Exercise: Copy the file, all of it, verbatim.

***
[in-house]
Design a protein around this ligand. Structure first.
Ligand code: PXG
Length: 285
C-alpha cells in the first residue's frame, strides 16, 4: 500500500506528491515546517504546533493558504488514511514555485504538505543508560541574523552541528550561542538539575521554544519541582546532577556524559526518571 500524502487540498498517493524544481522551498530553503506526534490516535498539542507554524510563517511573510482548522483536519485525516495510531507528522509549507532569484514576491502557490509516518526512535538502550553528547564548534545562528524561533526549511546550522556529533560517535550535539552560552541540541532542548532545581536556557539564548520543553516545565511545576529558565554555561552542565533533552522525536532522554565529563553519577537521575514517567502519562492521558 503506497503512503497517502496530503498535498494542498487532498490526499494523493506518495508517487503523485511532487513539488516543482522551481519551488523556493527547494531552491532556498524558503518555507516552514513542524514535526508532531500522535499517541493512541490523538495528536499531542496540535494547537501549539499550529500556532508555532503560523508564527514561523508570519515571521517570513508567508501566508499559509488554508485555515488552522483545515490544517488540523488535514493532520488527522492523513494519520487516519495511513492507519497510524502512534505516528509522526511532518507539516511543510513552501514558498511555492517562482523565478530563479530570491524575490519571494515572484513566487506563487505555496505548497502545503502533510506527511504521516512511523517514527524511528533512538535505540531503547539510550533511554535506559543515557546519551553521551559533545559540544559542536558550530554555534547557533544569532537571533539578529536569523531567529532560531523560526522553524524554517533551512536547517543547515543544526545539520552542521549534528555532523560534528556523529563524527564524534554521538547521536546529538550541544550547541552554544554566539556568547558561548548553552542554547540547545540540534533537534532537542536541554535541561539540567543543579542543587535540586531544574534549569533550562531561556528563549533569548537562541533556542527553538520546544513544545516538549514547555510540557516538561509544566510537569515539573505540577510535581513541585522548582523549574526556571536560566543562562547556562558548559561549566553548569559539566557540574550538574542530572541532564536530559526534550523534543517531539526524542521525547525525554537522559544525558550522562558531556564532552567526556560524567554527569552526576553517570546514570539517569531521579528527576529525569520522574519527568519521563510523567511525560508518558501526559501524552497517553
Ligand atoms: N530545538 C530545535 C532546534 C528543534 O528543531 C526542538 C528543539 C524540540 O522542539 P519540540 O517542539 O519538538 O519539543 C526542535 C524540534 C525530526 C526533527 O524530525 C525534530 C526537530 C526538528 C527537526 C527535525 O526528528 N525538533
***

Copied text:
[in-house]
Design a protein around this ligand. Structure first.
Ligand code: PXG
Length: 285
C-alpha cells in the first residue's frame, strides 16, 4: 500500500506528491515546517504546533493558504488514511514555485504538505543508560541574523552541528550561542538539575521554544519541582546532577556524559526518571 500524502487540498498517493524544481522551498530553503506526534490516535498539542507554524510563517511573510482548522483536519485525516495510531507528522509549507532569484514576491502557490509516518526512535538502550553528547564548534545562528524561533526549511546550522556529533560517535550535539552560552541540541532542548532545581536556557539564548520543553516545565511545576529558565554555561552542565533533552522525536532522554565529563553519577537521575514517567502519562492521558 503506497503512503497517502496530503498535498494542498487532498490526499494523493506518495508517487503523485511532487513539488516543482522551481519551488523556493527547494531552491532556498524558503518555507516552514513542524514535526508532531500522535499517541493512541490523538495528536499531542496540535494547537501549539499550529500556532508555532503560523508564527514561523508570519515571521517570513508567508501566508499559509488554508485555515488552522483545515490544517488540523488535514493532520488527522492523513494519520487516519495511513492507519497510524502512534505516528509522526511532518507539516511543510513552501514558498511555492517562482523565478530563479530570491524575490519571494515572484513566487506563487505555496505548497502545503502533510506527511504521516512511523517514527524511528533512538535505540531503547539510550533511554535506559543515557546519551553521551559533545559540544559542536558550530554555534547557533544569532537571533539578529536569523531567529532560531523560526522553524524554517533551512536547517543547515543544526545539520552542521549534528555532523560534528556523529563524527564524534554521538547521536546529538550541544550547541552554544554566539556568547558561548548553552542554547540547545540540534533537534532537542536541554535541561539540567543543579542543587535540586531544574534549569533550562531561556528563549533569548537562541533556542527553538520546544513544545516538549514547555510540557516538561509544566510537569515539573505540577510535581513541585522548582523549574526556571536560566543562562547556562558548559561549566553548569559539566557540574550538574542530572541532564536530559526534550523534543517531539526524542521525547525525554537522559544525558550522562558531556564532552567526556560524567554527569552526576553517570546514570539517569531521579528527576529525569520522574519527568519521563510523567511525560508518558501526559501524552497517553
Ligand atoms: N530545538 C530545535 C532546534 C528543534 O528543531 C526542538 C528543539 C524540540 O522542539 P519540540 O517542539 O519538538 O519539543 C526542535 C524540534 C525530526 C526533527 O524530525 C525534530 C526537530 C526538528 C527537526 C527535525 O526528528 N525538533